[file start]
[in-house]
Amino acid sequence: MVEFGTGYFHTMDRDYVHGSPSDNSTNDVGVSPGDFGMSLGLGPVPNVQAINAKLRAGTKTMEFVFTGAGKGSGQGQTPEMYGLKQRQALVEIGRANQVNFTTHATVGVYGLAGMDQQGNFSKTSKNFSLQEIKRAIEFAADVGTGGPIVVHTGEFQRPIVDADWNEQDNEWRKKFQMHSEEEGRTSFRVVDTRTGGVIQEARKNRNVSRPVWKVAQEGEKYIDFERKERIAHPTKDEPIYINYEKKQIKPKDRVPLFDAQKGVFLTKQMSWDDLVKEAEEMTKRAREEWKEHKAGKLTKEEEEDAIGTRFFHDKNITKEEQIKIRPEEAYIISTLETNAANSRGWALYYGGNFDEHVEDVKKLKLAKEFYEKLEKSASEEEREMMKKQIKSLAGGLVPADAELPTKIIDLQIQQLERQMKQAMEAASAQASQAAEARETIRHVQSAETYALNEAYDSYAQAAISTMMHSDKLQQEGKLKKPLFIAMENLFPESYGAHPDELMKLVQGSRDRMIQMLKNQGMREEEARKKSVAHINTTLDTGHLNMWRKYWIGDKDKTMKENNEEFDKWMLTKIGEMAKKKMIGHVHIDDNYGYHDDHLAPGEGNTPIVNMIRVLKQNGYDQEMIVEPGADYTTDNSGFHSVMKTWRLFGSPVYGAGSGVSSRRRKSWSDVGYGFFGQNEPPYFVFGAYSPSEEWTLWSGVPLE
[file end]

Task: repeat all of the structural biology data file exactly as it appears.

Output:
[in-house]
Amino acid sequence: MVEFGTGYFHTMDRDYVHGSPSDNSTNDVGVSPGDFGMSLGLGPVPNVQAINAKLRAGTKTMEFVFTGAGKGSGQGQTPEMYGLKQRQALVEIGRANQVNFTTHATVGVYGLAGMDQQGNFSKTSKNFSLQEIKRAIEFAADVGTGGPIVVHTGEFQRPIVDADWNEQDNEWRKKFQMHSEEEGRTSFRVVDTRTGGVIQEARKNRNVSRPVWKVAQEGEKYIDFERKERIAHPTKDEPIYINYEKKQIKPKDRVPLFDAQKGVFLTKQMSWDDLVKEAEEMTKRAREEWKEHKAGKLTKEEEEDAIGTRFFHDKNITKEEQIKIRPEEAYIISTLETNAANSRGWALYYGGNFDEHVEDVKKLKLAKEFYEKLEKSASEEEREMMKKQIKSLAGGLVPADAELPTKIIDLQIQQLERQMKQAMEAASAQASQAAEARETIRHVQSAETYALNEAYDSYAQAAISTMMHSDKLQQEGKLKKPLFIAMENLFPESYGAHPDELMKLVQGSRDRMIQMLKNQGMREEEARKKSVAHINTTLDTGHLNMWRKYWIGDKDKTMKENNEEFDKWMLTKIGEMAKKKMIGHVHIDDNYGYHDDHLAPGEGNTPIVNMIRVLKQNGYDQEMIVEPGADYTTDNSGFHSVMKTWRLFGSPVYGAGSGVSSRRRKSWSDVGYGFFGQNEPPYFVFGAYSPSEEWTLWSGVPLE